To most tourists, New York City is Manhattan, but Brooklynite Jeffrey Stirewalt wants to change that and bring visitors across the river.
His company, “Brooklyn Unplugged Tours,” which he launched early last year, takes tourists to explore Brooklyn’s off the beaten path from Flatbush to Sheepshead Bay, to ethnic and faraway enclaves that would otherwise not be seen.
“Brooklyn deserves more acknowledgements,” said Stirewalt on a recent Saturday as he led a group of curious tourists on a trek through Brooklyn.
First stop: Erasmus High School, the oldest high school in the state, which is located on the corner of Flatbush Avenue and Church Avenue. The school is well known for its famous alumni—singer and movie star Barbara Streisand, writers Bernard Malamud and Mickey Spillane, Nobel Prize winning researchers Barbara McClintock and Eric Kandel, cartoonist Joseph Barbera, football star Sid Luckman, builder Samuel LeFrak and the actor Eli Wallach.
The 70-year-old Barbara Streisand, who graduated in 1959 from Erasmus High, returned to her hometown last year to perform for the first time. “Brooklyn to me means the Loews Kings, Erasmus, the yeshiva I went to, the Dodgers, Prospect Park, great Chinese food,” she said last year before the concert which was held at the Barclays Center. “I’m so glad I came from Brooklyn—it’s down to earth. I guess you can come home again,”
Stirewalt talked about Streisand as tour members, like Veronica Manlow, a professor at Brooklyn College, looked at the school’s display case of trophies and newspaper clippings.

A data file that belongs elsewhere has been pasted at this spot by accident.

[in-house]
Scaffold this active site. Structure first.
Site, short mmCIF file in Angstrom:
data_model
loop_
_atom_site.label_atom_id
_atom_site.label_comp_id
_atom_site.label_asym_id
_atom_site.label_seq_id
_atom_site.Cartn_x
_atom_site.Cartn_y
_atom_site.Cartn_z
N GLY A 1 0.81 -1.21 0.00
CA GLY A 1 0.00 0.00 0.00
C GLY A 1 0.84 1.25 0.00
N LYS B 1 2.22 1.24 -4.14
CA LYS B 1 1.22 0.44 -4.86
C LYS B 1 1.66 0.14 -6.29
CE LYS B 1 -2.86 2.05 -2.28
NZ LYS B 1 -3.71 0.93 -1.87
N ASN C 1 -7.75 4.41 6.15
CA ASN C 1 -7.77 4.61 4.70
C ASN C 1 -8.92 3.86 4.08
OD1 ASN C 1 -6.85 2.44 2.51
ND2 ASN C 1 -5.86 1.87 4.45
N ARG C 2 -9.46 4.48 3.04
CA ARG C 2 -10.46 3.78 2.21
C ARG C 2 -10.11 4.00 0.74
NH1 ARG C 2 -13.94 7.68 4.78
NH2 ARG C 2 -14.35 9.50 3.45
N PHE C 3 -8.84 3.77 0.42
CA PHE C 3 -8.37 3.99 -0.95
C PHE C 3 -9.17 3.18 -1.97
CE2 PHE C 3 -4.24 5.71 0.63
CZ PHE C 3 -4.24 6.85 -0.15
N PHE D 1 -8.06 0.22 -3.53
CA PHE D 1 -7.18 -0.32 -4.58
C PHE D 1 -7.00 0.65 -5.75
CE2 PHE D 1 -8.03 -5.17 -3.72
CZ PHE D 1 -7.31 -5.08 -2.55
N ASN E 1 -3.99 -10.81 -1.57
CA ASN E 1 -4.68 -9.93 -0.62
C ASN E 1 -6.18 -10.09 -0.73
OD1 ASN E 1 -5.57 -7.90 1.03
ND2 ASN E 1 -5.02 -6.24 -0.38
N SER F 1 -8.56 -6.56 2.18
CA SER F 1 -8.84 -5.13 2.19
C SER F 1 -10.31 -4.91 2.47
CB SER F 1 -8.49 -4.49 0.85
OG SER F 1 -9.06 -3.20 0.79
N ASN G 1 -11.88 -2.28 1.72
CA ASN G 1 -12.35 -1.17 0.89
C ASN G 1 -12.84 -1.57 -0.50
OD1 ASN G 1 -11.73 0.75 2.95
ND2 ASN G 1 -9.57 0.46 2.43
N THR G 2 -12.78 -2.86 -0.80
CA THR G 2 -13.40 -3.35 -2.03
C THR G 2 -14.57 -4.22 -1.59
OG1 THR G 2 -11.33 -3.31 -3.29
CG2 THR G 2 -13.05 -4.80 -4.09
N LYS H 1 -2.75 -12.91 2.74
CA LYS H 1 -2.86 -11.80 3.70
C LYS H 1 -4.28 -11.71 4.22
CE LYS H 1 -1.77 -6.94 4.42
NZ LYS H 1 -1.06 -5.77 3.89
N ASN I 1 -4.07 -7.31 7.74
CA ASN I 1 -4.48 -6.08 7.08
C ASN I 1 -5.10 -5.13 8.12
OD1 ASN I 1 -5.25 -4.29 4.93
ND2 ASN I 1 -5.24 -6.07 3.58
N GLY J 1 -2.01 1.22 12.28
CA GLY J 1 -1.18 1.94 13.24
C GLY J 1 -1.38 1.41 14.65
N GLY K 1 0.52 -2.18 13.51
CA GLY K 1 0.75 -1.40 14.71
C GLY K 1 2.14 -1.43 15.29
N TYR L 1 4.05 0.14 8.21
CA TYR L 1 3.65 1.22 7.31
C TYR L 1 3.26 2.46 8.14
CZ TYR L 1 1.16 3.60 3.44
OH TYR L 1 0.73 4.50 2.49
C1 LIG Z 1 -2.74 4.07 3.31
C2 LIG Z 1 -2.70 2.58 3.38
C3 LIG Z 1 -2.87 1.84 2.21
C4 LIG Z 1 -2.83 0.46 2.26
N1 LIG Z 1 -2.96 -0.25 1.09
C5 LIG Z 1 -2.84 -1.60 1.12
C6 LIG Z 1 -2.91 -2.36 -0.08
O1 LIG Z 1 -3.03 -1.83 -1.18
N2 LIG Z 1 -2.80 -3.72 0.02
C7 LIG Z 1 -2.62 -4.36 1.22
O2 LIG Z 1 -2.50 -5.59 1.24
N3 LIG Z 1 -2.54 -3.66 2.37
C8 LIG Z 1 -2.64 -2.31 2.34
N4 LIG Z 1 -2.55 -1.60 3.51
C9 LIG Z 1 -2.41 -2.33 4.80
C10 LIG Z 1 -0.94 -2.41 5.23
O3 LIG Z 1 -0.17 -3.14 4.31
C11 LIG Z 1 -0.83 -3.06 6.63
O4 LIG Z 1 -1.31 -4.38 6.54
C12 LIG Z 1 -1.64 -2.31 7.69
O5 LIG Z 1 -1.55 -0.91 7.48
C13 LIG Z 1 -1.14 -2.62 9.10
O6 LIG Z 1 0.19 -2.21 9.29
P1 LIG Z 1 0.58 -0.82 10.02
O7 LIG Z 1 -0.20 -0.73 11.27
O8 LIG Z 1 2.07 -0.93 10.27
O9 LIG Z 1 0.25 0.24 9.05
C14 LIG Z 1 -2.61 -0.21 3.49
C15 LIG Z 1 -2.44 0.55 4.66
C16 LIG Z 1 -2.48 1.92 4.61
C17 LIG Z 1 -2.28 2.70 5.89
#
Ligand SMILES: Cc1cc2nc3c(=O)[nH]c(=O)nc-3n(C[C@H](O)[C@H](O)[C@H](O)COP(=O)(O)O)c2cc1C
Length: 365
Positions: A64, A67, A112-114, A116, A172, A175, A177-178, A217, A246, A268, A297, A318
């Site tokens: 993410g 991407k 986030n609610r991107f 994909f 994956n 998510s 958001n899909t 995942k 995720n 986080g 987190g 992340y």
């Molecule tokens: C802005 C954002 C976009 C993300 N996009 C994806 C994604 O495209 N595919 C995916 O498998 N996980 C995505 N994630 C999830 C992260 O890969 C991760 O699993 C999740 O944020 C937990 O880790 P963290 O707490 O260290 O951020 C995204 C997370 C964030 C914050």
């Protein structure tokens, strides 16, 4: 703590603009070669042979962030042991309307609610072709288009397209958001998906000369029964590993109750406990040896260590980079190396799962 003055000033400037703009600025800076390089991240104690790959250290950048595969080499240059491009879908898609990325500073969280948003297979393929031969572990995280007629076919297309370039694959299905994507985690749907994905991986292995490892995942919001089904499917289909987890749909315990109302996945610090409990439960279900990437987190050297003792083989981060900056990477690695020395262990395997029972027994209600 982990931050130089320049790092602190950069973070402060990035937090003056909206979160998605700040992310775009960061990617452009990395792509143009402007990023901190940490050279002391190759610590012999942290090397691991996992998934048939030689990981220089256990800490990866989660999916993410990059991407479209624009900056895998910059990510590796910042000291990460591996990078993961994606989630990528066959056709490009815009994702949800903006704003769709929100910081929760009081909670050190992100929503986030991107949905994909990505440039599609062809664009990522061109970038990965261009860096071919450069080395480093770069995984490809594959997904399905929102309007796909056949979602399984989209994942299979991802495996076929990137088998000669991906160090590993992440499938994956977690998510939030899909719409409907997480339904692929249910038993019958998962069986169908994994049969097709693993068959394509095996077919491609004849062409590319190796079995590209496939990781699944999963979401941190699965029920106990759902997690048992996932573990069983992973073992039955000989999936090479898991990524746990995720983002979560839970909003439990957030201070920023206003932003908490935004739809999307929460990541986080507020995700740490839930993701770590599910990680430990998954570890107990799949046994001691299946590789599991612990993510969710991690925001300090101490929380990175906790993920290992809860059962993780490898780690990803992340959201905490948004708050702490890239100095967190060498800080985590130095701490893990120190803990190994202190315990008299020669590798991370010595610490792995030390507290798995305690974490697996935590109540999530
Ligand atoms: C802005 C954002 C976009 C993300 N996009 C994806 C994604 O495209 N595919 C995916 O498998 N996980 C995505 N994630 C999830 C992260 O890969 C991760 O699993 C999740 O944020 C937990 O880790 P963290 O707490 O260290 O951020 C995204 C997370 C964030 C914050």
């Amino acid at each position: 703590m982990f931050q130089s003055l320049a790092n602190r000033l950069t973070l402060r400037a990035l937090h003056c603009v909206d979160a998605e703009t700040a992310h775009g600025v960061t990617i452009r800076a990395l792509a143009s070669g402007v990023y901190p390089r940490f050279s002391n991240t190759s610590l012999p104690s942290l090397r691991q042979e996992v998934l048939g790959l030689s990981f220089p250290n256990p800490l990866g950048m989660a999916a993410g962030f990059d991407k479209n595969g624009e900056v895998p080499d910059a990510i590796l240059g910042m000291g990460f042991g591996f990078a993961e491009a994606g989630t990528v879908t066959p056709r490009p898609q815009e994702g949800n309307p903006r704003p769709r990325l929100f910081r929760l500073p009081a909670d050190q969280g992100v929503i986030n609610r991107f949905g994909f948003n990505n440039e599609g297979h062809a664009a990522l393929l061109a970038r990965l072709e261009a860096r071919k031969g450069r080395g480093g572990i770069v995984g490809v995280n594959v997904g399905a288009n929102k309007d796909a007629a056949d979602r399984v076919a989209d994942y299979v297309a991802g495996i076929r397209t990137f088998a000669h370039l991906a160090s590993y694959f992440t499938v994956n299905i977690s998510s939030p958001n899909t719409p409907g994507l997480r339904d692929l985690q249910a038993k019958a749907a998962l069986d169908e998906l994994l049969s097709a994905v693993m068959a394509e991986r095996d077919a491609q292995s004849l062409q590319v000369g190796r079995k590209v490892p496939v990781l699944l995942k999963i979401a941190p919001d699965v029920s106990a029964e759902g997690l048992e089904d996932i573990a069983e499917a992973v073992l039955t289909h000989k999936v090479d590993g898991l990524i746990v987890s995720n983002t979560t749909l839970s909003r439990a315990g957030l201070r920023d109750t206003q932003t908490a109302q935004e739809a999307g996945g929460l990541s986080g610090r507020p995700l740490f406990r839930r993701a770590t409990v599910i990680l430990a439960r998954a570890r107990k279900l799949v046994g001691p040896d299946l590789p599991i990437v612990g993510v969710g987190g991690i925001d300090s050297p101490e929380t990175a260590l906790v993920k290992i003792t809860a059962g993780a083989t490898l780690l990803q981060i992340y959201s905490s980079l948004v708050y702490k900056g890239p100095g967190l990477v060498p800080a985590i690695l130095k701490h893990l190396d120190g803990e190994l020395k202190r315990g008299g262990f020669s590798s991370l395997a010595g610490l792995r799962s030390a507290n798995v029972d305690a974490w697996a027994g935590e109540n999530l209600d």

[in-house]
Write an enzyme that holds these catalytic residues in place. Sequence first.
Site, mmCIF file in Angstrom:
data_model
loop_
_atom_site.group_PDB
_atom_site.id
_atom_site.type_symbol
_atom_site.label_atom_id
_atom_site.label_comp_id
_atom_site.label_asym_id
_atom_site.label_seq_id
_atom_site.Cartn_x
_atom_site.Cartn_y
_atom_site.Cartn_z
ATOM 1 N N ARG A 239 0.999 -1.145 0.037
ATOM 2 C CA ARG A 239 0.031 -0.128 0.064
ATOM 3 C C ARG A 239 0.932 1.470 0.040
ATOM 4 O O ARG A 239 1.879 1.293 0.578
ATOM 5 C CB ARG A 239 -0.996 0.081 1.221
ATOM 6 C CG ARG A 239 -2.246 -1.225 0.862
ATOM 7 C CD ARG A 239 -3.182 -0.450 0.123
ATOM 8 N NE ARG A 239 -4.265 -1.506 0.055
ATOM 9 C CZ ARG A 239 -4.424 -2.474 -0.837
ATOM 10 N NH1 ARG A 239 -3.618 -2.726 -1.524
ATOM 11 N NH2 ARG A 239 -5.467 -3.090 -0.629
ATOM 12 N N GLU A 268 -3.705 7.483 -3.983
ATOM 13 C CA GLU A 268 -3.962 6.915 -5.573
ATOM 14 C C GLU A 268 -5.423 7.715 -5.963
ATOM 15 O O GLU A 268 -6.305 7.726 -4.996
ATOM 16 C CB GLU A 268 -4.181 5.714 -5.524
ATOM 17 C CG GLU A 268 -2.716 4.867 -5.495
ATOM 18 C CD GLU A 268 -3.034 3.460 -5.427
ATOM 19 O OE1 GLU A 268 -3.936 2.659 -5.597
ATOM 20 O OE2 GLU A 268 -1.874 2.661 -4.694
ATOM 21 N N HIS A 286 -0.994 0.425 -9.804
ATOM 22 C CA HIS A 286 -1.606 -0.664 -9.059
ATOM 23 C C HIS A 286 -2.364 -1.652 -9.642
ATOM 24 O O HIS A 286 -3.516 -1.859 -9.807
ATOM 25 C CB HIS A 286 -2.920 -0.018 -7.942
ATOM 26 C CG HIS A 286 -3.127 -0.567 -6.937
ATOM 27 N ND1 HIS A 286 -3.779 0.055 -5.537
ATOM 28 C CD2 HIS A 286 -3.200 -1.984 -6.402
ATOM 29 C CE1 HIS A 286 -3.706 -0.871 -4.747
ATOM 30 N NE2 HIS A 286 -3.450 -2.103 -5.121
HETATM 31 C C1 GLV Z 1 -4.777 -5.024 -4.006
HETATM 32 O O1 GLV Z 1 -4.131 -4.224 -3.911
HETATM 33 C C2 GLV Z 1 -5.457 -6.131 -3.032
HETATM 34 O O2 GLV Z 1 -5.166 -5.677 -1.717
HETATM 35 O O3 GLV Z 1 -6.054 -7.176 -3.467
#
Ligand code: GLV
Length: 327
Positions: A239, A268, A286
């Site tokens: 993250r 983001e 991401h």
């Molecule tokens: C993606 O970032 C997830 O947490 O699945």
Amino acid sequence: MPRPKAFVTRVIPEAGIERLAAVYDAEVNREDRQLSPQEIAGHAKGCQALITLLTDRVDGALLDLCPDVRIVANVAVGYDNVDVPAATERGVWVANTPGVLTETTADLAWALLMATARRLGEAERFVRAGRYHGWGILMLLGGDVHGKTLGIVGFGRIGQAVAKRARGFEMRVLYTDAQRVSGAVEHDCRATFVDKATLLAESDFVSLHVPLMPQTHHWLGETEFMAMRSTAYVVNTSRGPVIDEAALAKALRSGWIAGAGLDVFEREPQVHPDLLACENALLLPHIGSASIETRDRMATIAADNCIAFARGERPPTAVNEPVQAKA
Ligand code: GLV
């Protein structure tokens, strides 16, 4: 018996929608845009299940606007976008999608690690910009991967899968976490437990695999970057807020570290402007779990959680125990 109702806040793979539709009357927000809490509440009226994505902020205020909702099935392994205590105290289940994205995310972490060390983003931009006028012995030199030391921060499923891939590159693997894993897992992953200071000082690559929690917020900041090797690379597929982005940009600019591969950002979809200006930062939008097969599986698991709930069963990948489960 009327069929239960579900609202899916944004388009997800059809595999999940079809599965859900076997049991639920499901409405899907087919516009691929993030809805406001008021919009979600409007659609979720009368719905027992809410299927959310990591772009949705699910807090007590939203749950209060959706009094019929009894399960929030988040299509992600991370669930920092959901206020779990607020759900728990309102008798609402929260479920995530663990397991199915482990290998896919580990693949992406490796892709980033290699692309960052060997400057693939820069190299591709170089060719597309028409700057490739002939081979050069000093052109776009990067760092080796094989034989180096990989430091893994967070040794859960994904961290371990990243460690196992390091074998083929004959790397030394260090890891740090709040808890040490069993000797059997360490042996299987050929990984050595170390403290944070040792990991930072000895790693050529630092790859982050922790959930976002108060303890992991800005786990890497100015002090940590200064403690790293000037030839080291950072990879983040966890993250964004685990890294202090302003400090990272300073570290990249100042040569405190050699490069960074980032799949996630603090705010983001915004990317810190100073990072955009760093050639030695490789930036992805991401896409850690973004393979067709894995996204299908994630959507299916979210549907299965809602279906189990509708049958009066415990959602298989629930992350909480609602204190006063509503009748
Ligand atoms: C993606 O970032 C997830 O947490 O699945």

“She came back and embraced her roots here,” Stirewalt said.
The Erasmus High School visit is part of Stirewalt’s newly added weekly 4-hour tour, “Caribbean Food & Culture Adventure,” in Flatbush, where this 3rd generation Brooklynite was born and grew up.
A few blocks away from the school, Loews’ Kings Theater, where Barbara Stresiand and Sylvester Stallone worked as teenagers, is undergoing a $92 million restoration. This landmark building was open in 1929 and will be given a second life by next year. A Dutch Reformed Church first built by Governor Peter Stuyvesant in 1654, is also in the neighborhood.
“This is the oldest neighborhood in the city,” he said. It “boasts magnificent architecture and history, and hosts a strong community of immigrants from the Caribbean.”.
To get a flavor of the Caribbean community, the tour, costing $39.9 per person, takes visitors to Flatbush’s Caton Market, where they get to sample West Indian food like jerk chicken and curry goat, listen to the beats of reggae and calypso, and meet local small business owners, like 51-year old Patrick Burrell, who migrated to this country from Jamaica 21 years ago and has been living in Brooklyn for the last decade. Burell sells woodcrafts and leather goods imported from Jamaica.
Participants in last Saturday’s tours seemed delighted by what they’d discovered. “I like the part that you actually spend a long time to know the history and meet people. That’s the most fascinating part of it. It’s different from going to a bus tour and rushing to those prepackaged sites,” said professor Manlow, who went on the tour with her 25-year old daughter, Laura.
“I’ve never been to this part of Brooklyn. You wouldn’t normally expect to see so many interesting things and people here,” said the professor’s daughter. “It’s like an adventure.”
Stirewalt believes only a native Brooklynite can show visitors the real Brooklyn
“Nobody knows Brooklyn like those that have lived their entire lives here,” he said. “If you had been in Flatbush 30 years ago, you would have seen Jews, Italians and Irish, but now the demographics and culture are very different. There are so many stories that need to be told.”
And his customers want him to keep telling them, apparently. The latest request: to add a tour about Brooklyn’s Russian culture.
For more information and tour schedules, visit Brooklyn Unplugged Tours